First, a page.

By Elayne Pearson, C.A.S, Special Needs Preparedness Specialist
I love the classic Christmas song “It’s the Most Wonderful Time of the Year.” But let’s be honest, December can be a difficult month for most of us – with all the juggling, jingling, jangling, and jostling of added obligations and opportunities. For people affected by a challenging special need or disability, it can be extremely difficult. Between the extra-long list of “to-dos” for everyone, the sugary treats, decorating, shopping, junk food, programs, and family gatherings — the toll exacted from individuals with fragile systems can feel like pure drudgery instead of pure joy. School teachers often observe goal-digression in students instead of progress and harmony. So, if you’re a professional, feel free to pass this little piece on to similar parents of special needs loved ones.
In the past, I wanted my children to have abundant experiences and fond memories. Especially our three older neurotypical daughters, because their little sister, Heidi Ann (our cute and complex daughter with Down syndrome and autism), needed each of us to make many sacrifices on several levels for her well-being. We did what we could, but Miss Heidi did not appreciate all the crazy holly and jolly added into her well-ordered life consisting of Disney videos, food, and school. No, the crowded dance programs, gift wrapping clutter, and all those annoying red and green things all over our house were not welcomed in her world! Pressure and stress emanated from everyone, and she could feel it.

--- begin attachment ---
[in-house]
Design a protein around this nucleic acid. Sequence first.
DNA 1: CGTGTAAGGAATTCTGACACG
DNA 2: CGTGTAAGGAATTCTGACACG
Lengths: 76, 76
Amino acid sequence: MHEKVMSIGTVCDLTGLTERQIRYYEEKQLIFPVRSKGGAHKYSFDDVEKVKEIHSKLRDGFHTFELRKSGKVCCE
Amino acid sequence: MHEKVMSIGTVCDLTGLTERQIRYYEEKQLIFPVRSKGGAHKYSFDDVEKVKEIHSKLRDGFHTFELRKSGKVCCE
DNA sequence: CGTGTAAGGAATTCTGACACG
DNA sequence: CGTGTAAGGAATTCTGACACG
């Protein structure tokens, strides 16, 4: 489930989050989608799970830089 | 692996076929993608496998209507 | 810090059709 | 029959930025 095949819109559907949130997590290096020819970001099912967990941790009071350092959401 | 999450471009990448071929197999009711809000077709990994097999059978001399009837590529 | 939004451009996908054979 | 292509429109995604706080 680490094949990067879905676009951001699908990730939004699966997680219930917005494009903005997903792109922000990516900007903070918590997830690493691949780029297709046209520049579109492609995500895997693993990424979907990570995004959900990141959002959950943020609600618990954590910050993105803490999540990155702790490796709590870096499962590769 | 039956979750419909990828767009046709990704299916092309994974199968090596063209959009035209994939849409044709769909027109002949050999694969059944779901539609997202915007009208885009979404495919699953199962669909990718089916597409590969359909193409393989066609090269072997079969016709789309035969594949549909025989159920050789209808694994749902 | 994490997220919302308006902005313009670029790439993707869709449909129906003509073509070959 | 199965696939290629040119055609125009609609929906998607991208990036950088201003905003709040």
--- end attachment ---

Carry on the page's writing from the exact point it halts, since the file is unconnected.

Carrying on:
One of the sweetest (and easiest!) techniques I found to calm down my daughter with Down syndrome and autism in December was driving around together in our car. Heidi loved looking at the various neighborhood Christmas lights in the evening, and I did too. I will never forget one precious night when, as a teenager, she sweetly murmured quietly from the backseat of my car, “Cwithmus, Mom.” Most car rides with her had been painfully silent over the recent years, and there she was, pointing out her Christmas observations, and verbally including me in her thoughts. This was an enormous gift to me. It was huge.
Tears of gratitude streamed down my face, and I quietly thanked Heidi and kept driving. She still hadn’t regained her previous social goals of offering hugs or kisses to her loving parents at that point, so I kept it low-key. I knew I needed to keep simplifying our lives—so I could balance needed consistency in her vital areas, like enough sleep, health appointments of cranial sacral therapy, and daily vitamins, herbs, and homeopathy drops. Though she didn’t acknowledge it, I knew Heidi loved it when I rubbed a couple of drops of essential oils of frankincense and myrrh on her feet at bedtime. I was content to see small baby steps of progress as my Christmas gift.
Today, these amazing individuals with special needs still need reasonable routine, especially during the holidays. My sincere advice parents? Remember your self-care, say “no thanks” occasionally, clear away the clutter, and try to stay sane.
Want more ideas and inspiration? I’m on Instagram at @hiddentreasuresofhealth. Well, it’s been good to connect with you. Warmly, Elayne Pearson (and Miss Heidi, too.)